Thankful for Cancer

What!?

Thankful FOR cancer? Yup. I know, it’s crazy. Let me explain.

Do I enjoy having cancer? No. I am praying like crazy every day that all of the cancer cells are gone and they never come back. I am kind of mad that I have cancer. I mean, it’s totally not, like, fair. Not that anyone deserves it. No one does. Or maybe we all do, depending on how deep you want to get from a theological perspective. But I definitely hate it that I have cancer. I hate it that my life has been so totally disrupted. I mean, I’m busy. Not just busy getting my nails done or something, but busy raising a daughter to be a (hopefully) really great person. Busy raising the operating budget of a large nonprofit organization that helps homeless people. Busy kicking everyone in my league’s butt at Fantasy Football. You know…important things. I do not like feeling tired. I am nervous I will lose my hair (but maybe just the hair that enjoys to appear on my upper lip? Please, Lord!) I hate it that I have to be so “all about me.” I like to help other people with their problems. It’s unnatural for me to be the recipient. I hate all of this medicine I take. I am tired of doc appointments. My hands and feet don’t feel normal. So…don’t get me wrong. Cancer blows.

But I’m still thankful. I mean, what good does sitting around crying and worrying about it do? Bitterness is dangerous. It chokes everything around it. Have you met someone you would describe as bitter – embittered by some bad thing they feel happened to them? Do you want to hang out with them? Me neither. Some emotions like fear and sorrow are legit, of course. It would be inauthentic to pretend they don’t exist. But, in my opinion, they ought to be acknowledged, invited to stay for a short while and then politely asked to leave so there is room for better emotions like hope and peace and confidence. The long and short of it is this: God is working together all things for my good and His glory. Sometimes it takes a little effort to bring our minds back to that truth. But what a solid place to live from!

I am thankful to be thinking about the things I am thinking about, in terms of who God is, who we are and how we are to approach life. See previous blog entries for a lot of thoughts about that. I am thankful that it is possible to have HOPE every day. I am thankful I am not sicker. I can drive and walk and work. THANKFUL for that.

I am thankful that this has pushed me to think seriously about what I eat and what products I use. I have learned a lot. I have also confused myself and stressed myself out quite a bit. But I’m learning new things.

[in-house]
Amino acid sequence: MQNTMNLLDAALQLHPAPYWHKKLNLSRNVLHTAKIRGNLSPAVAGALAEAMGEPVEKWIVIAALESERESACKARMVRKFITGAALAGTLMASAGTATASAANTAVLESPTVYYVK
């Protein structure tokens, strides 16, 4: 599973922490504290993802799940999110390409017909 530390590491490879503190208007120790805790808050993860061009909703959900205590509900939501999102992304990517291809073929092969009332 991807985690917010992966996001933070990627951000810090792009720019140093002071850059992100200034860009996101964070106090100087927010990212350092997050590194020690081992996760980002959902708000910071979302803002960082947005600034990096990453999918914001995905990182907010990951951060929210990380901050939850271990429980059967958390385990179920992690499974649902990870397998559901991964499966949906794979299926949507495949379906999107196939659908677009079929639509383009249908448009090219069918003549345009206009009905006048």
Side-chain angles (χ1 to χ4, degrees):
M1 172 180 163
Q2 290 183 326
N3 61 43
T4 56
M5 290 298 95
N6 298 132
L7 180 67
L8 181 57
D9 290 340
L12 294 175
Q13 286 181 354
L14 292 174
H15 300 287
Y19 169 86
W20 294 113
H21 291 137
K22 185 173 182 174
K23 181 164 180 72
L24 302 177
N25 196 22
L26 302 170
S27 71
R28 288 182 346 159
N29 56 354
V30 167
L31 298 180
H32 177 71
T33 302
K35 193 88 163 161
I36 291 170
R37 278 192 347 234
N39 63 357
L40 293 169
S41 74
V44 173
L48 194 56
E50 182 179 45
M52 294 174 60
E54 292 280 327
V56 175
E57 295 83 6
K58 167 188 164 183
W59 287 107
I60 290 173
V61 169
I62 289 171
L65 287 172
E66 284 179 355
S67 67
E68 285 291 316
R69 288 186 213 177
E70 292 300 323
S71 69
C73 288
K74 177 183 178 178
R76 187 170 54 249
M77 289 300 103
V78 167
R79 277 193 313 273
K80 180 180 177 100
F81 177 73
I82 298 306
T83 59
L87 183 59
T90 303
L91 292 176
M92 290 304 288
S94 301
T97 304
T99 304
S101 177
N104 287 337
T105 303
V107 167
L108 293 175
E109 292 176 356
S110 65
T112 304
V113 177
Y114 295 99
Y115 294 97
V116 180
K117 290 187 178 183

I am thankful that cancer has brought a few familiar faces back into my life. We all let friendships fade for any number of reasons. But serious illness snaps us all to attention and reminds us how much we love some of the best people we’ve had the blessing to know.

I am so thankful for the kind things people have done for me. Seriously! So much niceness! So much thoughtful generosity. Just this week:

-meals delivered to or prepared at my house by people who are encouraging my new, developing eating habits.

-someone saved me a parking spot with their car. like “here, I’ll give you this one so you don’t have to walk in the cold.”

-home-roasted coffee beans, delivered to my desk

-lovely visits over lunch at favorite restaurants

-treats dropped off with sweet notes

-offers of child care

-wine deliveries

-a text that meant the world to me

-people sharing my blog with others – I can’t believe anyone but my mom reads this, so that is pretty cool.

Being thankful for something that on the surface is very bad.  It’s the stuff Scripture is made of.  The last shall be first, the first shall be last.  Weakness leads to real stregnth.  To receive, we must give.  Jesus won it all by the humble act of losing everything.  Rejoice in ALL circumstances.  (Not just the ones that involve cake and ice cream or healthy babies or a sale at Anthropologie.)

I am thankful for the perspective that comes from a diagnosis like this that points to toward valuing each moment and each day a little more. Seeing more clearly, noticing things I haven’t before. Directing my thoughts toward things that are worthy of my brainspace. “Did I make it count, today?” I ask myself. Was today as rad as it could have been? Did I love as fully as I can? Did I let go of the things not meant for me, and cling to the big, wonderful things? Did I trust God more today than yesterday? Did I yield my own will to His? Did I look for the opportunities set before me? I may have many more days on this earth. But if I have one or 100 or 20,000…I’m living like I mean it, yo. That is something to be thankful for.

4 Replies to “Thankful for Cancer”

  1. A friend of yours brought you before our congregation for prayer on Sunday, and then she sent me this link thinking that I'd appreciate it. I did! Blessings to you, and prayers that you might know the kinds of joy for which we pray each day.

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